What about Congress? Do they get a say? Sort of. ESSA includes a twist to the regulating process that no other version of the Elementary and Secondary Education Act has had. If neg reg fails, Congress gets fifteen days to review regulations on the topics that were supposed to be negotiated before those regulations become final.
It’s true that lawmakers might have limited opportunities to change regs they don’t like during that period. But a Senate GOP aide told me back in December that congressional review of some regulations could “change the whole thought process of regulators--the ‘better to ask forgiveness than permission’ card isn’t really an option, and that’s pretty big when it comes to sneaky regulators,” the aide said at the time. If nothing else, the extra time gives lawmakers a chance to prepare a response to rules they don’t like.
Can a lawmaker overturn regulations? This question is worth asking, given Alexander’s criticism of the supplement-not-supplant regs. The answer is no, one lawmaker, working all by themselves can’t overturn a reg. But Congress could pass new legislation or an appropriations rider, to put a stop to a reg they don’t like. (This happened with the School Improvement Grant program regs.) They could also encourage the education committee to sue to get the reg changed, as Alexander did last week.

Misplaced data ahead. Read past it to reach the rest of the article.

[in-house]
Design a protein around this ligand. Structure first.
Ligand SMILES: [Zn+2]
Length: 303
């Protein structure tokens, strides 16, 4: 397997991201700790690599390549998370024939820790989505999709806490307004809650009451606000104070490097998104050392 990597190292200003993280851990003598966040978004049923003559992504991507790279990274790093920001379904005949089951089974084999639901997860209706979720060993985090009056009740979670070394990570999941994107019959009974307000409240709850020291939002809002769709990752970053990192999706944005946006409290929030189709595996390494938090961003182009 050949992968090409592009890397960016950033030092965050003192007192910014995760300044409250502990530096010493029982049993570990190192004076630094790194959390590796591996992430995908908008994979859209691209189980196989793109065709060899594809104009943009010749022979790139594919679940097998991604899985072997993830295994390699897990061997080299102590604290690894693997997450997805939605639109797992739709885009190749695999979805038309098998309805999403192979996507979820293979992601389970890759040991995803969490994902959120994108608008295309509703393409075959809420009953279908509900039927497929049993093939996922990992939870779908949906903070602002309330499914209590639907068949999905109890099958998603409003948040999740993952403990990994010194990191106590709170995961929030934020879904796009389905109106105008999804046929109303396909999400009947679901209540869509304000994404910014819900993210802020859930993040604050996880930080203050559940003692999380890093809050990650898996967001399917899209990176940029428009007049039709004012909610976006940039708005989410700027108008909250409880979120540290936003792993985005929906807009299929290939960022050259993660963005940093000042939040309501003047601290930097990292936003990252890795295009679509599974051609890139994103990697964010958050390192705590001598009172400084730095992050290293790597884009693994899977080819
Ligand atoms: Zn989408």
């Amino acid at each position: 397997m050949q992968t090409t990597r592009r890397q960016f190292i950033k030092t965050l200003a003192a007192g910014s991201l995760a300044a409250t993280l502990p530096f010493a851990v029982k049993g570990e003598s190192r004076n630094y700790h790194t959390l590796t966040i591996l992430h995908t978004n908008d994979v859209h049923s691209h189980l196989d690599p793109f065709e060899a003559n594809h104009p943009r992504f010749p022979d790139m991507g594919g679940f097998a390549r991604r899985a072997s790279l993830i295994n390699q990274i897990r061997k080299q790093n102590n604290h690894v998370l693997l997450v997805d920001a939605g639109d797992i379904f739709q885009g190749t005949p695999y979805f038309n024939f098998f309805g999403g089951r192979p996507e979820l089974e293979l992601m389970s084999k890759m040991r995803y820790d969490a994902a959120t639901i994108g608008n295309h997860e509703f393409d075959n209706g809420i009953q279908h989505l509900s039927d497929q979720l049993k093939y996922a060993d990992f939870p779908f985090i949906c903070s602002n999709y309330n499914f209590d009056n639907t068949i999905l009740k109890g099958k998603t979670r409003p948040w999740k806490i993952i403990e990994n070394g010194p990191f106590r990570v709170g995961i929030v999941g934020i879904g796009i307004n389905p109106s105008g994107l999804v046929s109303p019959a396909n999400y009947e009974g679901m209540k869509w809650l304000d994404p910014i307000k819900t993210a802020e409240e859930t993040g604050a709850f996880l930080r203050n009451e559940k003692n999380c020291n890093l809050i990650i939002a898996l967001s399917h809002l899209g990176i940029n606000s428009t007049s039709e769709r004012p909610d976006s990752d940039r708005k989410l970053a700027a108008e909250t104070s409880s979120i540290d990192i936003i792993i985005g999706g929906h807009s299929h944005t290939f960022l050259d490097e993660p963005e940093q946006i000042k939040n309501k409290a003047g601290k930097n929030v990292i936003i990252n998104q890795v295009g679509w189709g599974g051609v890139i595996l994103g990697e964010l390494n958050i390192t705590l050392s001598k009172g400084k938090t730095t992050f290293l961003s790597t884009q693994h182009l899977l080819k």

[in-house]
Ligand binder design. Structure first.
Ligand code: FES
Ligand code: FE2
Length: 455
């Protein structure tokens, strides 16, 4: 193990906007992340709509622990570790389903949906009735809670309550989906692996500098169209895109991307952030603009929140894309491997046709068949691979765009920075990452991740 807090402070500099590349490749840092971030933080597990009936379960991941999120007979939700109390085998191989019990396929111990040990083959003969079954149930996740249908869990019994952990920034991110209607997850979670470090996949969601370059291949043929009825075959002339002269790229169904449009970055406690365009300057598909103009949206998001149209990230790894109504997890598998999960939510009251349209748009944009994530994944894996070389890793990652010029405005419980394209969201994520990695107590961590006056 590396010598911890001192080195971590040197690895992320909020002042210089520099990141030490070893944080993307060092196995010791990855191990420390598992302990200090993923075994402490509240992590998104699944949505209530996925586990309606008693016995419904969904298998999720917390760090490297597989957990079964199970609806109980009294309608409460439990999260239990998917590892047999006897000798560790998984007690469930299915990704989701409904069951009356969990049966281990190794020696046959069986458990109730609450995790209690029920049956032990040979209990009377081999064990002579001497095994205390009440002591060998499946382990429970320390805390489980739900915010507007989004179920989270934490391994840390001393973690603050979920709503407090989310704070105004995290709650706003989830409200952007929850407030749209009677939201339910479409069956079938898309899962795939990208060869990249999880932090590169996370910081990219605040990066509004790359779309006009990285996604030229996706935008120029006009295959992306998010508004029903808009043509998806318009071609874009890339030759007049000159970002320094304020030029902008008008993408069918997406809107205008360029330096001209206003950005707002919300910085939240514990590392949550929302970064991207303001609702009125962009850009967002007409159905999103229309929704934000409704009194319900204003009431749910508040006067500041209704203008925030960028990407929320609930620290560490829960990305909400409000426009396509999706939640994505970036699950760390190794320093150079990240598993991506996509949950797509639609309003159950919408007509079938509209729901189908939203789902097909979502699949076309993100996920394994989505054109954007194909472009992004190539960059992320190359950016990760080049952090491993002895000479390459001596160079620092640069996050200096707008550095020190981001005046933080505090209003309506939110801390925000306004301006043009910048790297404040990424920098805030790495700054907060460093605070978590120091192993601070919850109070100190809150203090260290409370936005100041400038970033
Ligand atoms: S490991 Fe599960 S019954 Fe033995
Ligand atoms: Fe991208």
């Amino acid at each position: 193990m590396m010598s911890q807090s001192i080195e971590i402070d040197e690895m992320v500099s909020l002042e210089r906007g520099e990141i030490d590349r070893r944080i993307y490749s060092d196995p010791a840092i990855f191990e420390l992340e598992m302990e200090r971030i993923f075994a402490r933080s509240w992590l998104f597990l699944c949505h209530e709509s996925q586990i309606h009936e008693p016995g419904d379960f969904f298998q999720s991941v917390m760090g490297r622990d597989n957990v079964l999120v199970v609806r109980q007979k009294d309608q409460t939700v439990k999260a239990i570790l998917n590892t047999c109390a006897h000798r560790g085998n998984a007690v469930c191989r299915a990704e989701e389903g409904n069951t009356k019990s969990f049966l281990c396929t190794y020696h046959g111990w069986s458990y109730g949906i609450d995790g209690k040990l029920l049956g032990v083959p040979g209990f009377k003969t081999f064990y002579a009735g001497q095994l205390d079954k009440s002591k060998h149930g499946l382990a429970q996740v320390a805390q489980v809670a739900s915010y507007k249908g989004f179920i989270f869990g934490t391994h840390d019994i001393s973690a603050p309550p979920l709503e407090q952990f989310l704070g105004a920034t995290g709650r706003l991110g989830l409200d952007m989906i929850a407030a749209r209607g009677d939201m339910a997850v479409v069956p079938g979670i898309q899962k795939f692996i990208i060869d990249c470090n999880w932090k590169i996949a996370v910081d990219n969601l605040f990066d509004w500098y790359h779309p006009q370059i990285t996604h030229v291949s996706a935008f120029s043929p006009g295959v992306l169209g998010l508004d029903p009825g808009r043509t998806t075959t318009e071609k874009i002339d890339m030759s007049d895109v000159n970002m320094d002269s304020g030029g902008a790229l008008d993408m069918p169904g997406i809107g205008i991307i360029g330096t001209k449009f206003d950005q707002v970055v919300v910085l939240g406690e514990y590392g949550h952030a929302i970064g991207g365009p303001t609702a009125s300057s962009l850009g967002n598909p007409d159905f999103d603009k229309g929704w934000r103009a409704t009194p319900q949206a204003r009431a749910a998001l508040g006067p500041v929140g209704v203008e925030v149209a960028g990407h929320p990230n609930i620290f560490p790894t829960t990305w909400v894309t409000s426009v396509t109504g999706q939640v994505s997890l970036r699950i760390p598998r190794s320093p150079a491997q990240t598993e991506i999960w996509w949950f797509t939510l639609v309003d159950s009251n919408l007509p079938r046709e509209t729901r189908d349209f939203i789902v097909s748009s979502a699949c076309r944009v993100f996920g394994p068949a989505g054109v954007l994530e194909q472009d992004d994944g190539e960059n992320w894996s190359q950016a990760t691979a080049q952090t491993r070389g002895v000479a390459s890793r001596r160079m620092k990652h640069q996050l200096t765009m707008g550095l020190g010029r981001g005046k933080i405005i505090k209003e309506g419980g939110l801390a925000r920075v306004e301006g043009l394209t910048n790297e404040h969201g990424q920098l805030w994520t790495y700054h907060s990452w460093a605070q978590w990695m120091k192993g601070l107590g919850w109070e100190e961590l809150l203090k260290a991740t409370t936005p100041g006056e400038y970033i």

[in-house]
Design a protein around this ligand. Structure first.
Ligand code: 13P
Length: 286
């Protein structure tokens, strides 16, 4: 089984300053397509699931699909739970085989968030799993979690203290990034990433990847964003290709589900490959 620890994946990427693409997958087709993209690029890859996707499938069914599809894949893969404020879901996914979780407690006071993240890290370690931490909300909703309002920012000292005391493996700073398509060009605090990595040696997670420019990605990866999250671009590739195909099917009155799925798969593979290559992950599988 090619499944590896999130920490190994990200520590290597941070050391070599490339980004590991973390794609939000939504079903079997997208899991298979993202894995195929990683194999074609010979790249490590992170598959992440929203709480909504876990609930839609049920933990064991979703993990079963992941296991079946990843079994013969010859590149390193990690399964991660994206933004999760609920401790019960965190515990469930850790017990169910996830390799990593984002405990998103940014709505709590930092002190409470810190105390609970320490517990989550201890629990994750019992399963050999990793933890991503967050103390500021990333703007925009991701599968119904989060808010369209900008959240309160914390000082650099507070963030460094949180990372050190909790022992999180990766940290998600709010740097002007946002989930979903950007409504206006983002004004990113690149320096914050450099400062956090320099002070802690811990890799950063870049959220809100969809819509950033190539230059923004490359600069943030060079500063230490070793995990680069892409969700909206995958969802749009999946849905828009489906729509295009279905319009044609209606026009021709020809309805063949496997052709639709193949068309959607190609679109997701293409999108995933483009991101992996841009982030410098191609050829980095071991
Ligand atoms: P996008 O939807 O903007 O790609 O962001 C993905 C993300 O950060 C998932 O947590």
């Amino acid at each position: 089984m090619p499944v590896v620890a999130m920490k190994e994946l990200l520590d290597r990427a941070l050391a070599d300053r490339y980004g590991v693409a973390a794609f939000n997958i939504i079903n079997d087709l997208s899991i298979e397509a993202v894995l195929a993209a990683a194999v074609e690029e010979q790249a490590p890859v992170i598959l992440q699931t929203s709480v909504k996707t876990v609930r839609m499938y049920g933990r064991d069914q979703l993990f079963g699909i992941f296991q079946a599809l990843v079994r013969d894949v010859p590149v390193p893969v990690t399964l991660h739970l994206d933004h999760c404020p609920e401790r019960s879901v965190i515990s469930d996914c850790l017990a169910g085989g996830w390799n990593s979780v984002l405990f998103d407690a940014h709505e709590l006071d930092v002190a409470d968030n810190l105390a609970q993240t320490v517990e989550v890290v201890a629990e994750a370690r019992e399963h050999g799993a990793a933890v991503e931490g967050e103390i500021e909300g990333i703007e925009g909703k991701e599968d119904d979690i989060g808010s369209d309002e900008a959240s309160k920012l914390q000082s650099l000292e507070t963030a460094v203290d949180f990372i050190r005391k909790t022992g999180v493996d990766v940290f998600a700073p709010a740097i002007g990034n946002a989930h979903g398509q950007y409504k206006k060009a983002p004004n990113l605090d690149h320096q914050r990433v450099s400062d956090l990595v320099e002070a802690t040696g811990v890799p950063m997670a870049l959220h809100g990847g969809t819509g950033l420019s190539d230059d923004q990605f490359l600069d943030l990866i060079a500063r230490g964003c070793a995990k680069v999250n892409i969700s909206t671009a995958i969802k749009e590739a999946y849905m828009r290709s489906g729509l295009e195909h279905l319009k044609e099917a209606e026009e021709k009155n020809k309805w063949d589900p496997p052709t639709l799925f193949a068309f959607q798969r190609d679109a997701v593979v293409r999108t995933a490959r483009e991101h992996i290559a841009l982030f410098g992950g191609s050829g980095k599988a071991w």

How big of a deal is it for states and districts if neg reg fails? Putting the policy aside for a second, a long delay in regulations could be bad news indeed, a district advocate said. Districts want to get certainty on regulations as soon as possible, said Noelle Ellerson, the associate executive director for policy and advocacy at the School Administrators Association “With accountability workbooks due in late spring 2017, the later any regulations come out, the harder it will be for states and districts to plan appropriately for the 2017-18 school year, and it increases the odds that some plans will still be under consideration as the school year starts,” she said in an email.
Tony Evers, who is representing state chiefs on the panel, told me in an interview last week that he’s hoping the negotiating process succeeds, in part so that he and his colleagues can get some certainty sooner rather than later.
But generally, states are already moving forward in reaching out to their local education communities to figure out what their new ESSA plans should look like and a delay won’t stop that process, advocates for state policymakers said.
Want more? The department has its own FAQ on this issue here.